Whilst all individuals have similar emotional needs, for some people some of these needs rank higher than for others in the workplace. For others, various needs are met wholly or partly outside the workplace and so they are not so reliant on work to meet that need. If the respective needs in the work environment are not recognised and respected, the team is likely to become unstable.

Two of the main needs in this context are:

WWF’s One Planet Future Campaign

EarthIf everyone in the world lived as we do in the UK, we would need three planets to support us. Our planet is buckling under the weight of the demands we are making on it. Over-consumption is leading directly to climate change and species extinctions.

We are already spoiling some of the world’s richest forests, degrading soil and sources of fresh water faster than ever before. Most climate scientists agree that if we continue to live this way and allow global temperatures to rise by more than 2 degrees Celsius above pre-industrial levels, the risk of severe and irreversible changes in the Earth’s natural systems becomes increasingly likely.

Nobody gets up in the morning and decides to contribute to climate change, to help cut down a tropical rainforest or to deprive people in other parts of the world of a decent standard of living. But our apparently innocent daily decisions all too often have these invisible consequences. These are some of the hidden costs of ‘three-planet living’ for all of us in the UK.

WWF works for a world where everyone thrives within their fair share of the Earth’s resources while leaving space for wilderness and wildlife. Their One Planet Future Campaign aims to bring people together to make changes in our lives, moving us from a three-planet lifestyle closer to a one planet future.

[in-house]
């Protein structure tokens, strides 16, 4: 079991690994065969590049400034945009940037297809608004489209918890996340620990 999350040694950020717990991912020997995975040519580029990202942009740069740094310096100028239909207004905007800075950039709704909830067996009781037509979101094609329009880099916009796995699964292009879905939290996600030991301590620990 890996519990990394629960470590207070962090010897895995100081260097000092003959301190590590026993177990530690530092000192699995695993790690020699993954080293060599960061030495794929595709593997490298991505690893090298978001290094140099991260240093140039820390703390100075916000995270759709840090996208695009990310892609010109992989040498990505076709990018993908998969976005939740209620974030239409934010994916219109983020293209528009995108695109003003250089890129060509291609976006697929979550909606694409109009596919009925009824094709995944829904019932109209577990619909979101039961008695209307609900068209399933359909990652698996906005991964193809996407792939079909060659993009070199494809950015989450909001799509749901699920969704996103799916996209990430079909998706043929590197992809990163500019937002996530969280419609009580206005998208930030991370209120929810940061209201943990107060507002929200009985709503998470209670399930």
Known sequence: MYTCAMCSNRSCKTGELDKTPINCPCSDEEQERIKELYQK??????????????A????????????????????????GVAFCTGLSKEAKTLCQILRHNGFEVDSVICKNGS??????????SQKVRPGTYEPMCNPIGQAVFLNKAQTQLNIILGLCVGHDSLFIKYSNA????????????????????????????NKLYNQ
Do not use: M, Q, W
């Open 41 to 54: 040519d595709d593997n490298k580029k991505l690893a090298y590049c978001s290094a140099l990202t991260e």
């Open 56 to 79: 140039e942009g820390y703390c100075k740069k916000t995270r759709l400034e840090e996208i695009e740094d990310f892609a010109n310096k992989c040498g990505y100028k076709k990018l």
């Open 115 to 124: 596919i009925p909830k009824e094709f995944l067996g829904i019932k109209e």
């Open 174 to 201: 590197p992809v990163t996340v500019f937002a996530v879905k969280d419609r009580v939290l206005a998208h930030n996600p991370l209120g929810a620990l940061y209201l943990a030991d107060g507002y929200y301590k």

Advance Your Career - Watch NALP's Film with an Address by Cherie Booth QC

If you are interested in advancing your career and becoming a Paralegal, watch the following film by the National Association of Licensed Paralegals.  It was shown at their awards ceremony in March and Cherie Booth QC speaks highly of their merits.

NALP offers accredited and recognised professional paralegal courses, and qualifications for a career in the field of law.  Their paralegal training courses are designed to match your level of experience and we recommend the Higher Certificate in Paralegal Studies if you would like to further your career.

The Higher Certificate in Paralegal Studies provides a broad foundation upon which your career can be built.  It is suitable if you have passed the Legal Secretaries Diploma course and our qualified Students are entitled to Affiliate Membership of the Association.

Planning the Working Day

Do you ever do a to-do list and not achieve what’s on it? Does your to-do list just get longer and longer? Do you spend hours working out a to-do list and then not have any time to do the tasks on it? Or perhaps you’ve given up on using one altogether! Before you can plan and organise your working day, it is necessary to think of what is to be done and set up some simple drills to help you do it more effectively. So here are the top 10 tips for planning your working day.

Broadening Your Knowledge in the Current Climate